Tag: Radhakrishnan Gopalan


Radhakrishnan Gopalan, a beloved professor of finance at Olin, lost his battle with cancer on December 6, 2022. He was 50.

He and Dean Anjan Thakor were close friends. The loss of Gopalan was a blow not only to him, but also to the entire Olin community.

Fast forward to February. Thakor announced the Radhakrishnan Gopalan Memorial Scholarship in an email he sent to faculty, staff and others in the Olin family. Now the Olin Blog is spreading the news.

‘I’m sure you share my sorrow’

“For those of you who knew Radha, I am sure you share in my sorrow,” Thakor wrote. “He was a prolific scholar, a brilliant mind and a passionate educator.” Also, he was a devoted father and husband we will remember for his kindness, the interim dean said.

Radha joined the Olin community 2006 as a member of the finance faculty. He steadily rose in esteem and responsibility, finally serving as the academic director of Olin’s Mumbai-based Executive MBA program in partnership with IIT-Bombay.

Exceptional scholar

“As a scholar, Radha was exceptional, and I was privileged to coauthor several research papers with him,” Thakor wrote in a tribute on the Olin Blog the day Gopalan died.

“His research into corporate finance, corporate governance, emerging market financial systems, mergers and acquisitions, corporate restructuring, entrepreneurial finance and household finance has been widely cited. Indeed, Google Scholar notes nearly 4,000 citations in his career, more than half just since 2017.”

You can read Thakor’s full tribute to Gopalan here.

Contribute to the scholarship here.

You may support the memorial scholarship to honor him and his legacy at Olin in one of the following ways:

  • Make a one-time gift of any amount.
  • Make a multiyear pledge.
  • Join the Eliot Society by making a minimum contribution of $1,000.

If Olin meets its goal, Olin will award the Radhakrishnan Gopalan Memorial Scholarship in the fall.

Updated at 8:53 p.m. today with service information.

Dear Olin friends,

I am absolutely heartbroken to share the news that our colleague Radhakrishnan Gopalan succumbed to cancer early this morning at the age of 50. It is difficult to put into words the depth of my sorrow. My dear friend, coauthor, and our esteemed faculty partner had been battling the disease for a long time. Please join me in keeping Radha and his family in your thoughts and prayers at this difficult time.

Radha had been a member of the Olin community since 2006, when he joined the finance faculty. He had steadily risen in esteem and responsibility throughout his time at the business school, finally serving as the academic director of Olin’s Mumbai-based Executive MBA program in partnership with IIT-Bombay.

As a scholar, Radha was exceptional, and I was privileged to coauthor several research papers with him. His research into corporate finance, corporate governance, emerging market financial systems, mergers and acquisitions, corporate restructuring, entrepreneurial finance and household finance has been widely cited. Indeed, Google Scholar notes nearly 4,000 citations in his career, more than half just since 2017.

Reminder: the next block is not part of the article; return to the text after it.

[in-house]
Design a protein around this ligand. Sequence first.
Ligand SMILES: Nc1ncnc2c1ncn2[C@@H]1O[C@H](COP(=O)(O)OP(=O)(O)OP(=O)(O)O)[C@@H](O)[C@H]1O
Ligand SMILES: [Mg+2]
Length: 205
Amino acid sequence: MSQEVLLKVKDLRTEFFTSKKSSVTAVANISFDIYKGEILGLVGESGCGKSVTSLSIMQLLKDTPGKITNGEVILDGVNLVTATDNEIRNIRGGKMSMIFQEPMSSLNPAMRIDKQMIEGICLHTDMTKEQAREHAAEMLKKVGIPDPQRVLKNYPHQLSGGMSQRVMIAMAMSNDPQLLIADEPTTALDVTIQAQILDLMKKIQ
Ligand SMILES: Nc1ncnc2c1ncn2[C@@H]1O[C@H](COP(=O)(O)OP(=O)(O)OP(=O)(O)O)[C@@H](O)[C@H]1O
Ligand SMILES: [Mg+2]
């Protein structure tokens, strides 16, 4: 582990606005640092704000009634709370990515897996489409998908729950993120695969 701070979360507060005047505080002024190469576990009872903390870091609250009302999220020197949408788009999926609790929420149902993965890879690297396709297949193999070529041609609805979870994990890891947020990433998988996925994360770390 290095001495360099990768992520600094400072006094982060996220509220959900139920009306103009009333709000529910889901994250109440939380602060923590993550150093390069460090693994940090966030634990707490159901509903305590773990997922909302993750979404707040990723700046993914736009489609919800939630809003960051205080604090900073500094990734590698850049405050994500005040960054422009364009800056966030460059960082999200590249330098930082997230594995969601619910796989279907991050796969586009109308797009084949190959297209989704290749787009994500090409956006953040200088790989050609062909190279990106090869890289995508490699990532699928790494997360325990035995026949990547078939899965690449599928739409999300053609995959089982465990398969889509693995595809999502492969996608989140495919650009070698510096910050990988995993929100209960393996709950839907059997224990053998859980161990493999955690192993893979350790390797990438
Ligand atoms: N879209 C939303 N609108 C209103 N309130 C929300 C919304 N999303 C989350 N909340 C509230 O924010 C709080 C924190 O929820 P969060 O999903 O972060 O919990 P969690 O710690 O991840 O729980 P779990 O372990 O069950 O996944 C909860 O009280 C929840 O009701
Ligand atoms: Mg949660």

Among his honors, Radha is a Reid teaching award recipient and won the Olin Award in 2016 for research most likely to have an immediate impact on business. That work centered on compensation goals and firm performance. A few years earlier, Poets & Quants selected him as one of the 40 best business school professors under 40. His accomplishments were many, and he lived a life of distinction.

He came to Olin soon after earning his PhD in finance from the University of Michigan. Before that, he worked for five years in the project finance department of a leading Indian bank.

I know I speak for many among us at Olin Business School in expressing grief over this tragic loss, and gratitude for the life of our friend, teacher, colleague, mentor and scholar.

Services for Radha will be Thursday, December 8, at Schrader Funeral Home & Crematory, 14960 Manchester Road, Ballwin, MO 63011. Visitation is from 2:00-3:00 p.m. Prayers, rites and cremation are scheduled for 3:00-5:00 p.m. Dress code: Wear clothes of your favorite color. The family shared that is the way Radha would have wanted it.

Readers who are so inclined are encouraged to leave tributes and memories in the comments below.

President Joe Biden has expressed support for raising the federal minimum wage for federal contractors and employees to $15 per hour. On Jan. 26, House and Senate Democrats took it a step further— introducing legislation to increase the federal minimum wage to $15 per hour by 2025, more than doubling the current minimum wage of $7.25 per hour set in 2009.


But Biden’s plan is too aggressive, according to Radhakrishnan Gopalan, professor of finance at Olin.

Gopalan, who has used big data on multiple impact studies on minimum wage increases, recommends delaying any increase until 2022 to allow the economy and unemployment rates to rebound.

He also recommends increasing it in increments of $1 to $1.50 and, going forward, having a clause to automatically index the minimum wage rate.

In a forthcoming paper in the Journal of Labor Economics, Gopalan and Barton Hamilton, the Robert Brookings Smith Distinguished Professor of Economics, Management and Entrepreneurship, found positive and negative effects for U.S. workers over a two-year period in six states that enacted minimum wage increases between 75 cents and $1.25 per hour in the 2010-15 period.